Biometric access control is one of the most popular topics on the minds of security professionals these days and for good reason. Access control and the overall management of access points, whether doors, turnstiles, computer systems, or operational controls is among the first areas of concern for most physical security managers, facility directors and IT managers.
Another growing trend in access control is the move by organizations to go “passwordless”. Microsoft recently announced its move to passwordless authentication by eliminating them in Microsoft Windows 11. Why eliminate passwords? Look no further than the numerous breaches and ransom attacks; mostly fueled by phishing scams and the sharing of what someone knows, a password or pin.
Providing the necessary security and access restrictions while providing the demanded convenience is one of the toughest balancing acts in enterprise security. This balancing act continues to grow more difficult as the convergence of the physical security team and the organization’s IT team contend to control the complete systems integration effort.
Traditional access control, with its ubiquitous key cards or use of passwords, has been around for several decades now. Of late, biometric technologies have emerged, but these are typically “one-off” point-solutions that are not only costly but rife with other issues like privacy concerns (shared databases of the biometric information in one place) and hygiene (the need for multiple people to touch the same sensor).
By definition, biometrics is a method of establishing a person’s identity based on chemical, behavioral, or physical attributes of that person such as fingerprints, irises, hand geometries, voice patterns, or other unique human characteristics. In principle, a biometric access control system is a pattern recognition unit that gathers a specific type of biometric data from a person, compares that feature to a preset group of attributes in its database, whether in an access control system or an Active Directory, and then unlocks the door or computer (or whatever action is needed).
This action of comparing the human characteristic to a database of multiple people’s biometric data is where things can get challenging.
In this article, we are going to look at one biometric access control solution and how it is dealing with this challenge of human attribute matching and identity matching.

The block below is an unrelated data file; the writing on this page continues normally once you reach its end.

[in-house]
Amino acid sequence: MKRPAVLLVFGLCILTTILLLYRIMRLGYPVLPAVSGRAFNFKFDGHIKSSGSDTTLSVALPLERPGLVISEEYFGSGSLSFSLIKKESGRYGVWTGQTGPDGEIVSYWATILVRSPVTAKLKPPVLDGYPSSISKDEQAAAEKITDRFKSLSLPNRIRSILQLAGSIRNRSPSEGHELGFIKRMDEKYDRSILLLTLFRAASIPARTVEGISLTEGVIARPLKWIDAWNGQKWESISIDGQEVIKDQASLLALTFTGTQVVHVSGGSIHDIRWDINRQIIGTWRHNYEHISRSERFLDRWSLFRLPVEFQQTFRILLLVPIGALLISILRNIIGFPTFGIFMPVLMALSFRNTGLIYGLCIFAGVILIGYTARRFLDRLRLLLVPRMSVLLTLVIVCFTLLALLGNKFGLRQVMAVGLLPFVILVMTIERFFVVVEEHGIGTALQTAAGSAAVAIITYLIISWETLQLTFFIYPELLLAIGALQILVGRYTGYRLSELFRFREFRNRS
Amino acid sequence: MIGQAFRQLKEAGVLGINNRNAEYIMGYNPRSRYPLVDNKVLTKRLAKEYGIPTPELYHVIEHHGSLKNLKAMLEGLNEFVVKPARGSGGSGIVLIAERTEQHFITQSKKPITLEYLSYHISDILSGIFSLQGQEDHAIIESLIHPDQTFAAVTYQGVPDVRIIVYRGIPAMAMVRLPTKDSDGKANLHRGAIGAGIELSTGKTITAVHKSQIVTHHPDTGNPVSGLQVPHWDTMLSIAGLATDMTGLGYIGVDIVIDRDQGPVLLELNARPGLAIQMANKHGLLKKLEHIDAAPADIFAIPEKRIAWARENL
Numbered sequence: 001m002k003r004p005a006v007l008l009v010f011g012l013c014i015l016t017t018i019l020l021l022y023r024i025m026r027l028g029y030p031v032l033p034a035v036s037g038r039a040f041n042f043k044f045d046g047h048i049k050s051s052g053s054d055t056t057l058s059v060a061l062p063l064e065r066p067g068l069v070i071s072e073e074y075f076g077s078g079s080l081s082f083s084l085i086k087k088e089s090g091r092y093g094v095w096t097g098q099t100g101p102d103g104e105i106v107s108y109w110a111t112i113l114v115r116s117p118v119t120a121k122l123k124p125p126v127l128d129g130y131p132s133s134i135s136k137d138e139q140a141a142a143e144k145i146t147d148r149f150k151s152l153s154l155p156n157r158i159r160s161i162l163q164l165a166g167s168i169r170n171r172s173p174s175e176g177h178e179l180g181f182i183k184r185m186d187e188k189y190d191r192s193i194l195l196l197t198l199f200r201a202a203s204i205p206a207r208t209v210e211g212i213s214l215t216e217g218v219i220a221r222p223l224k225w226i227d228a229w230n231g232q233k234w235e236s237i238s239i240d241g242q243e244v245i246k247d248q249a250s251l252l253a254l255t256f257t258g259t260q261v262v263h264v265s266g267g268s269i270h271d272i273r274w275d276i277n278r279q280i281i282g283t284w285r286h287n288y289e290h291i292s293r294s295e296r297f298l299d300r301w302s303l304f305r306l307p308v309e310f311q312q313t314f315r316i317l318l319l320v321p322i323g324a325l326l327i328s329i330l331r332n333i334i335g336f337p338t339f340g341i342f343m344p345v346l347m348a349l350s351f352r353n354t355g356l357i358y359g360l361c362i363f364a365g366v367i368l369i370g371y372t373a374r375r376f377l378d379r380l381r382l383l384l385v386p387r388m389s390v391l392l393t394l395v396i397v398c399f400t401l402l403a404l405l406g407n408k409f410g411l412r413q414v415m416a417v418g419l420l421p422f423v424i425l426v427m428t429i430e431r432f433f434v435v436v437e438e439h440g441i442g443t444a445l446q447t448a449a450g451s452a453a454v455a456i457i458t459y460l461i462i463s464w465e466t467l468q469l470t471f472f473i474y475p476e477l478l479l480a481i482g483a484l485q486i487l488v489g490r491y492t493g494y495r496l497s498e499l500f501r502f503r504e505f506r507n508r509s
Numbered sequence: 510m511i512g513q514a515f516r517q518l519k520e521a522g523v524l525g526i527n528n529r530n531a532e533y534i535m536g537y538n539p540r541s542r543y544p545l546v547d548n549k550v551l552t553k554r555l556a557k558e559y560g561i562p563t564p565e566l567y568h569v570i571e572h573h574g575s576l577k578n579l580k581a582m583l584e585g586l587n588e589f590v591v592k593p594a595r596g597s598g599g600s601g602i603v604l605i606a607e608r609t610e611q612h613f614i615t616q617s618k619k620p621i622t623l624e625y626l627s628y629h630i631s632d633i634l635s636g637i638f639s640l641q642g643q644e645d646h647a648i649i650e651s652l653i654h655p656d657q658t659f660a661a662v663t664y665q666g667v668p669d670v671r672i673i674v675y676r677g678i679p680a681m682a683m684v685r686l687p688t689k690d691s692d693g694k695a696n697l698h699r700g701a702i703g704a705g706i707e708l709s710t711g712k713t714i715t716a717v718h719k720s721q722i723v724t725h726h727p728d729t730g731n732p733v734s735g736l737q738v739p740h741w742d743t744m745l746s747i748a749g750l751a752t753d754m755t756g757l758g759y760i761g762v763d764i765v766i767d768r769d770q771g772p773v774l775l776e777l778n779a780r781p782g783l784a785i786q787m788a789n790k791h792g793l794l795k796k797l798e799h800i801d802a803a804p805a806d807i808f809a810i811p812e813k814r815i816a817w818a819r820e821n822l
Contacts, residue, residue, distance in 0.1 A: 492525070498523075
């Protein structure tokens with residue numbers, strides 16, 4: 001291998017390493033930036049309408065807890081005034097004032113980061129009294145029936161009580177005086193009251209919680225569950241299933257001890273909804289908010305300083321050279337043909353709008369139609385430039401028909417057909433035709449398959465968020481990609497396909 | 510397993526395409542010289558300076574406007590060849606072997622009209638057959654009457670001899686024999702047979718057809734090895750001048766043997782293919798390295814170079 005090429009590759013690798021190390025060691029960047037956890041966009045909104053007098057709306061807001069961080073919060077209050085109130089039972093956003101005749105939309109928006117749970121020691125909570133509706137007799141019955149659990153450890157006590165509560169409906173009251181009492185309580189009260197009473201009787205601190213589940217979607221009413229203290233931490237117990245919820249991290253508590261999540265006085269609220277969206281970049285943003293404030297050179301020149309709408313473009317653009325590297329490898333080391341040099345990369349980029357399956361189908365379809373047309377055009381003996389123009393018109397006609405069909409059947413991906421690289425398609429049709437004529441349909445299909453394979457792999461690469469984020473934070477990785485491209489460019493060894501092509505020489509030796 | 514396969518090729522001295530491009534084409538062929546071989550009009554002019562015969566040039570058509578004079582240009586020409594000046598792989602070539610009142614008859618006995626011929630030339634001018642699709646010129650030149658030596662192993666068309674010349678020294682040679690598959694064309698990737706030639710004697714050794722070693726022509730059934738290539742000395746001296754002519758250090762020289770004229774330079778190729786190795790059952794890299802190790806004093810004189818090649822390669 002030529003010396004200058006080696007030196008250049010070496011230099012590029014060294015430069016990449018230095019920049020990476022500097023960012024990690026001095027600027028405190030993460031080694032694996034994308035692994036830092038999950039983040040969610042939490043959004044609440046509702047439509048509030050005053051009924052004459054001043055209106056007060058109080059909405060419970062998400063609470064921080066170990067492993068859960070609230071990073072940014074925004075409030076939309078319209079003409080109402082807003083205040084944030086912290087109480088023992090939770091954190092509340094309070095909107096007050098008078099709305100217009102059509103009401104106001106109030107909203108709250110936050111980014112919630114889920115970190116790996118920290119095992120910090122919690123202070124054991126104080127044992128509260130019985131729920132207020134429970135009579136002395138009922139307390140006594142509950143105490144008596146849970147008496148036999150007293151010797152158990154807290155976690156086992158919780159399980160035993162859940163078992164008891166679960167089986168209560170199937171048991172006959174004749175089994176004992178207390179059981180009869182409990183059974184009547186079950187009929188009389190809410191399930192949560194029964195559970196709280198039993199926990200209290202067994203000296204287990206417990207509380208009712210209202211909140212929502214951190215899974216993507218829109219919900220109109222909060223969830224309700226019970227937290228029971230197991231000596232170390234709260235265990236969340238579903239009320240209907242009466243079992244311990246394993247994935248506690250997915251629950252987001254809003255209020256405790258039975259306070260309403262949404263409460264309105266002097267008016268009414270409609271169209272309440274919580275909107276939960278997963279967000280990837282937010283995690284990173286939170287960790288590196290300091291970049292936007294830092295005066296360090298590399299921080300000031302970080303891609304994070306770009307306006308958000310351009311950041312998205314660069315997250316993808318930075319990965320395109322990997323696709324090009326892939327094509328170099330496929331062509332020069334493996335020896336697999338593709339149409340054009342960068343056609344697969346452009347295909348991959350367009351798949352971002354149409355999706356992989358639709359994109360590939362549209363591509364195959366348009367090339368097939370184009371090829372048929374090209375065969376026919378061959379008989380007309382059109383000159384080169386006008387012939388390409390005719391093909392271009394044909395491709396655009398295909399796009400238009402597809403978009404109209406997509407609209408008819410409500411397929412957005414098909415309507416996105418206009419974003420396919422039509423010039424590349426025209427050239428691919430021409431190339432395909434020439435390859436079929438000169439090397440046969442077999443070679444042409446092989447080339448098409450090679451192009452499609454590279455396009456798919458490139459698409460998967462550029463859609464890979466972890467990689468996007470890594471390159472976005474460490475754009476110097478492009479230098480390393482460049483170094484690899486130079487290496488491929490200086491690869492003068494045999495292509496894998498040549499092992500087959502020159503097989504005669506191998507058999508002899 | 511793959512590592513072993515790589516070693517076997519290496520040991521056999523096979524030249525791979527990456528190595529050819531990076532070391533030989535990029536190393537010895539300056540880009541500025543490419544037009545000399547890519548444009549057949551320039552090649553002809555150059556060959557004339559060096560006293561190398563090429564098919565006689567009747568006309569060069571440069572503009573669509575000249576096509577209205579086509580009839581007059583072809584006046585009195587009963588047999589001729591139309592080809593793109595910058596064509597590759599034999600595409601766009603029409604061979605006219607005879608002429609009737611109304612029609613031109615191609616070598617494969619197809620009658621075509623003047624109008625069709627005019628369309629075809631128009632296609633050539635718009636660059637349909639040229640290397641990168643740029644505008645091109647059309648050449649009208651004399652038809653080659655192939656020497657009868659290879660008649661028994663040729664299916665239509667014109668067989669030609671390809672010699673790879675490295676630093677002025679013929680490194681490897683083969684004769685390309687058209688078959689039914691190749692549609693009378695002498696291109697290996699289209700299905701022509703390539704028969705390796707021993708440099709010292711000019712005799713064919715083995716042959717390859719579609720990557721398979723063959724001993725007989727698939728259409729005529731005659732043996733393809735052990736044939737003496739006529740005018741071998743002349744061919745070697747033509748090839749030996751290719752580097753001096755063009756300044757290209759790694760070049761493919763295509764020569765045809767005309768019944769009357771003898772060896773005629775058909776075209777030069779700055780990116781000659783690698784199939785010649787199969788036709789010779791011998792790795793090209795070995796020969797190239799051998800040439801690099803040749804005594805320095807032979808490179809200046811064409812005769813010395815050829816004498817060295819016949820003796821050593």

Sentry Enterprises out of West Chester, Pennsylvania is the manufacturer of the multi-patented SentryCard biometric platform. The SentryCard is believed to be the first open-architected, self-contained, biometric platform in the world. The ‘self-contained’ part was emphasized on purpose as this important part is what is setting the SentryCard apart from other biometric access control vendors.
Here is what SentryCard is doing differently: The biometric data of a SentryCard user is enrolled, stored, and matched solely within the SentryCard itself, never touching an external database and not requiring any ancillary software. This “separation of identity” from any other system fits well in the definition of a “zero-trust” network, an approach that is growing in popularity.
Beyond privacy-protection, the SentryCard is also growing in popularity as it is designed to work with an enterprises existing equipment and infrastructure (both for physical and logical access); saving the cost and time of deploying stand-alone solutions. The SentryCard essentially turns every existing reader in a building into a biometric reader immediately. The SentryCard is also equipped with FIDO2, an established standard for multi-factor computer authentication.
This is a significant concept implementation with tremendous positive security implications. Why? Critically, because this process removes the “validation process” vulnerability of needing to match the biometric read to database, whether in a building or in the cloud. How important is this protection? Look no further than the fines related to privacy in the General Data Protection Rights (GDPR) legislation in the EU or the growing Biometric Information Protection Acts sprouting up all across the U.S.
“We built the Sentry as a platform to provide broad use and utility. Better yet, enterprises can phase in the SentryCard to address their most critical vulnerabilities first, avoiding the need to re-badge an entire organization to reap its benefits” stated John Calzaretta, President at Sentry Enterprises.
Want even more fun reading about access control challenges. READ this article (link: https://www.chicagotribune.com/news/breaking/ct-ohare-trespasser-arrest-20210117-aad2craysvehzmk5rm6l23p3l4-story.html ) about a man that lived INSIDE Chicago’s O’Hare airport for three months before being detected.
Sentry Enterprises is driving a new paradigm of converged biometric security, shifting away from relying on legacy forms of identification to the use of biometrically authenticated identification.Source: sentryenterprises.com